Giorgos had a brightly coloured and dangerously dilapidated boat which he took out every morning with the rest of the fishermen. His boat was always the easiest to spot because at some point the entire interior had been painted a livid and rather shocking lime green which caused the boat to glow almost radioactively on the waters of the Aegean. I’m not quite sure how he avoided eye damage. The other fisherman used to steer clear of his boat on sunny days because they were afraid of being temporarily blinded by the glare, but Giorgos seemed perfectly content.
The fishing fleet used to bring in a broad assortment of things; anything, really, that could be scooped up in a net would be brought back to the harbor and sold to someone. Someone, somewhere, would eat just about anything and the fish were always priced to perfection; just low enough that people would catch the scent of a deal, but just high enough that people would feel obliged to bargain. No one’s sensibilities were insulted in the fish market, except the tourists who didn’t realise that they were supposed to negotiate over prices, not just accept whatever they were told without comment.
At least a few afternoons a week my father and I would drift down the iceplant-covered hill to the harbor to survey the catch and pick up fish for dinner. It was a ritual that they would always be wrapped in paper with the tails sticking out, and I would walk back up the hill with him, carrying the fish by the tails, swinging them as we went. Occasionally an overenthusiastic swing would result in a fish flying out of my grip and skittering across the street and someone would always helpfully pick it up and return it to us.
We would fry the fish in olive oil and eat them with lemon in the garden. We usually had bread and cheese and olives and sometimes a riotous crowd of expatriates would gather to gesticulate at each other with overfilled glasses of wine and French cigarettes. Anna and I would dart between pairs of sturdy adult legs in our whirling games and then eventually we would subside and sit on the bench next to my father, leaning against him and watching drowsily as the fireflies came out and waiting for people to start singing and dancing, as they always did, once they had enough wine.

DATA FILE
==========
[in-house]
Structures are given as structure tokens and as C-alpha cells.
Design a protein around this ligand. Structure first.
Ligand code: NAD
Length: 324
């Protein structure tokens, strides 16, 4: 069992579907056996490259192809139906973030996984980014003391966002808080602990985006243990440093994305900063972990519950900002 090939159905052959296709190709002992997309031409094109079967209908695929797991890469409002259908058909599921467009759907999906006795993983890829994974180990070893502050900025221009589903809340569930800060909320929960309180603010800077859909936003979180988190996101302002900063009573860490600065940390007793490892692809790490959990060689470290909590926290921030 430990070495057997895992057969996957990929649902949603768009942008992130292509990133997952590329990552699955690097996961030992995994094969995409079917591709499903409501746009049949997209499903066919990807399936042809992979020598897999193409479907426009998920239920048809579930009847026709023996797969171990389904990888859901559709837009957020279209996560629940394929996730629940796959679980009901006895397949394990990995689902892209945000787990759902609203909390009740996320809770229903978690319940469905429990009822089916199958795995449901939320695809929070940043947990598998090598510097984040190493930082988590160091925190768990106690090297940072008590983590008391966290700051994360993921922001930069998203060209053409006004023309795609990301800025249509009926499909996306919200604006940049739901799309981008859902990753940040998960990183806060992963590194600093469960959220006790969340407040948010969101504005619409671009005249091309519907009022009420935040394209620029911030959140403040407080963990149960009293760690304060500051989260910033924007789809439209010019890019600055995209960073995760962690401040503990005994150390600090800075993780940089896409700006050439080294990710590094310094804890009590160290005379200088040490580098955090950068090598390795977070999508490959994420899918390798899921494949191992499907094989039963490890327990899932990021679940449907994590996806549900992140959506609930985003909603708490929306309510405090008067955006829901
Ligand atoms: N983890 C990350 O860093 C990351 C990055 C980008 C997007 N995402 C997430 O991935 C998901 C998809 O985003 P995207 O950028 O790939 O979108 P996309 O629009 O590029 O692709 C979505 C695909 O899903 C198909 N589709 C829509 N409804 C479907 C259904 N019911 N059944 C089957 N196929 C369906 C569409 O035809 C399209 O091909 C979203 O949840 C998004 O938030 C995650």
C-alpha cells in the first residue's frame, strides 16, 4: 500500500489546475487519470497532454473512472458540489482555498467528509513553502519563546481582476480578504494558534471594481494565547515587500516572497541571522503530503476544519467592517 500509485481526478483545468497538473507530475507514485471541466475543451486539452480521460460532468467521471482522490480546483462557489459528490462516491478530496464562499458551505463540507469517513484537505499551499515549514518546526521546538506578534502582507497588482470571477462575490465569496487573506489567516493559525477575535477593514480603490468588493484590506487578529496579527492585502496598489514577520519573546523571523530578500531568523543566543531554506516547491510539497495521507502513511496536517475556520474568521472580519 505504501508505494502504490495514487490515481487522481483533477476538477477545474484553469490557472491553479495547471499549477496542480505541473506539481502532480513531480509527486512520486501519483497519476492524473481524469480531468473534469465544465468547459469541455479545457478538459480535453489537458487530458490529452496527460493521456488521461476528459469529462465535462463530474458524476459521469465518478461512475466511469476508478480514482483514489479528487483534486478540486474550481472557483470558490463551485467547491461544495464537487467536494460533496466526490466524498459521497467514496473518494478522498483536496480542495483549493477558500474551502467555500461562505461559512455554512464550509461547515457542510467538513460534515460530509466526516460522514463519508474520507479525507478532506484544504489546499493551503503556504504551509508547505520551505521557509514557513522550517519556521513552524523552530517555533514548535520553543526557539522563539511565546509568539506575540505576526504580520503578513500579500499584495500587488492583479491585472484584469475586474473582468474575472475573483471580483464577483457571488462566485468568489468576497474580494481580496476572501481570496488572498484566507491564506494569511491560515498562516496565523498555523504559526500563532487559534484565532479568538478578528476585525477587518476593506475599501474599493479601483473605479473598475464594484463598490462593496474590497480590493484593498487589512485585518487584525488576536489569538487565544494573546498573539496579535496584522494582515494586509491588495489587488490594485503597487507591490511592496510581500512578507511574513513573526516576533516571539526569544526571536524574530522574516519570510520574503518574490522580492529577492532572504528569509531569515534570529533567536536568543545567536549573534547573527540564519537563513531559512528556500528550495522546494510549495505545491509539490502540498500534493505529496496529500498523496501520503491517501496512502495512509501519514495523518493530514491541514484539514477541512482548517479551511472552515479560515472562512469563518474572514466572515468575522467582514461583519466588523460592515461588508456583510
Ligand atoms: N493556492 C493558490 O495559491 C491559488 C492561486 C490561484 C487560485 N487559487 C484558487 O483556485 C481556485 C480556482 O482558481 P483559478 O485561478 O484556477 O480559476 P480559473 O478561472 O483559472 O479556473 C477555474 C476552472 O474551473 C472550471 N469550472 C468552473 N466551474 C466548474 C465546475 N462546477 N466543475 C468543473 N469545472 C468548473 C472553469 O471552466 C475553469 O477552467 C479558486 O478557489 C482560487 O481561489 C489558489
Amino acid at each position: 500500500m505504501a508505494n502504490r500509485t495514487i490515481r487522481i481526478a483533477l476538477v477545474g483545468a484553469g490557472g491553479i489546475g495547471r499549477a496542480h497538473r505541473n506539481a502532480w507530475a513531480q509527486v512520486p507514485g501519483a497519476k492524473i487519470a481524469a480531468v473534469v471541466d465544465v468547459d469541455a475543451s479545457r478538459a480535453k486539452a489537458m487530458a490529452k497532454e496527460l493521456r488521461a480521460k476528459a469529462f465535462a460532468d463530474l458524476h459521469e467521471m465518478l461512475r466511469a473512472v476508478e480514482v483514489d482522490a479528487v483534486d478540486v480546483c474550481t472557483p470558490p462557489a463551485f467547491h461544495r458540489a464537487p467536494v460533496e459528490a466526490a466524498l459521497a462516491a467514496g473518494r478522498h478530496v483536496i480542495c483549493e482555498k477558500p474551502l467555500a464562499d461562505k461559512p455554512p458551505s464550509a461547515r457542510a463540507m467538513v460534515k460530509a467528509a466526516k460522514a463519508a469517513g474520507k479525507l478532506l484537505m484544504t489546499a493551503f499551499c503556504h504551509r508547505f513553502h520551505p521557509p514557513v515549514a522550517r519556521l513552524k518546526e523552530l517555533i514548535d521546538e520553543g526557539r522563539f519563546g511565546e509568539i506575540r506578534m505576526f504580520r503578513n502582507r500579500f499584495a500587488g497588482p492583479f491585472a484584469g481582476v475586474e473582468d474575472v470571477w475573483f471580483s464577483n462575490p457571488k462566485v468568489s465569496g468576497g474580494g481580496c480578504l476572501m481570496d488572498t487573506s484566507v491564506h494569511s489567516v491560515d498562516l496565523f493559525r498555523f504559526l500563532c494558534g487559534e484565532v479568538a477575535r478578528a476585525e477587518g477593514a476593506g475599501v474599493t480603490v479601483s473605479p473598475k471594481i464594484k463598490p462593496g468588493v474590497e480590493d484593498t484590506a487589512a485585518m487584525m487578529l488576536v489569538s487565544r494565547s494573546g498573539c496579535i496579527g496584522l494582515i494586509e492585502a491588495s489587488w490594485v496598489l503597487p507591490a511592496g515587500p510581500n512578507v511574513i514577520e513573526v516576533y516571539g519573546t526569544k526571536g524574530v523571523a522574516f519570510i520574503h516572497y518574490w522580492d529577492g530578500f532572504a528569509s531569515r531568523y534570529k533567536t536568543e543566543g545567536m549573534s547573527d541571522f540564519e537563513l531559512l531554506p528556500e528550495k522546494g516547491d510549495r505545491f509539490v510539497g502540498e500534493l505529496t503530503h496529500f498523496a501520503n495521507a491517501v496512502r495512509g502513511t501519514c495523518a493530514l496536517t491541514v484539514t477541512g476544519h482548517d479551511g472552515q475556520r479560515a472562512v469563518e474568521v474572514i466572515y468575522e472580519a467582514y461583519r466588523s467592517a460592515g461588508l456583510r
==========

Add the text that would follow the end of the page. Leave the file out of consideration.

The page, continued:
Every now and then, something truly spectacular would come up in the nets and it would be a conversation for weeks and months, the lucky fisherman the envy of everyone else. Sometimes it was a mysterious looking squid, or a fish so peculiar that it had to have come from somewhere else. And sometimes all that people had were the stories. The fish that got away.
And, of course, the octopus. The tales of its size were, we were sure, greatly exaggerated. But every now and then someone would return and claim that the octopus had stolen his catch, had almost turned his boat over, had been spotted jetting away underwater on peculiar octopus projects of its own. The octopus was legendary and everyone secretly wanted to catch it at the same time that they vehemently declared it was so old that its flesh would be like shoe leather. It was the thrill of the chase and the delight of the unknown, the occasional glimpse of tentacles and beak which sustained legends and warnings whispered in the ears of children: Don’t go swimming in the harbor when the fleet is coming back in, or the octopus might get you.
For Giorgos, the octopus became something of a compulsion, or possibly a quest. A run of encounters with the octopus in which it came out on top embittered him, and he was tired of the endless teasing from his compatriots. He started actively seeking out the octopus on his fishing trips, loading his trident into the boat every morning with a meaningful expression. He wouldn’t say it, but you could tell that he was hoping that today would be the day he got the octopus.
One afternoon, my father and I were sitting on the seawall practicing my spelling when we saw Giorgos’ boat violently rocking and scudding across the water. The rest of the fleet hadn’t noticed yet, and we watched with increasing interest. It was clear that he was wrestling with something, something large and epic, possibly…the octopus. As we watched, people gathered and began pointing and gesticulating, eventually attracting the attention of the fleet, which dropped what they were doing to observe avidly. Alas, we didn’t have binoculars, but later reports verified that, yes, the boat was surrounded with whiplashing tentacles, and when Giorgos sailed back to shore empty handed that afternoon, everyone could see the suckermarks puckering his arms. He had, literally, wrestled with the octopus.
This elevated the battle between Giorgos and the octopus to a fever pitch. It wasn’t enough that the octopus had humiliated him by stealing his catch. No, the devious cephalopod had to defeat him in open combat in front of the entire fleet and half the village. Soon, he abandoned all pretense of catching fish, mind bent on one thing and one thing only: Capturing the octopus.
‘Ai, Giorgos,’ people would cry, ‘have I given you my mother in law’s recipe for octopus yet?’
‘Giorgos,’ Stephanos would say, ‘when are you going to bring me back some octopus to serve for mezze?’
Even the expatriate community got involved, keeping a running pool going as they bet on if and when Giorgos would catch the octopus. Giorgos grew increasingly haggard, dragging himself out with the fleet every morning and grimly stalking the octopus, turning out at night with the night fleet to see if he could defeat his archenemy by night if the day wouldn’t hand him a victory.
Slowly, the story of Giorgos and the octopus began to acquire legendary proportions.
To be continued…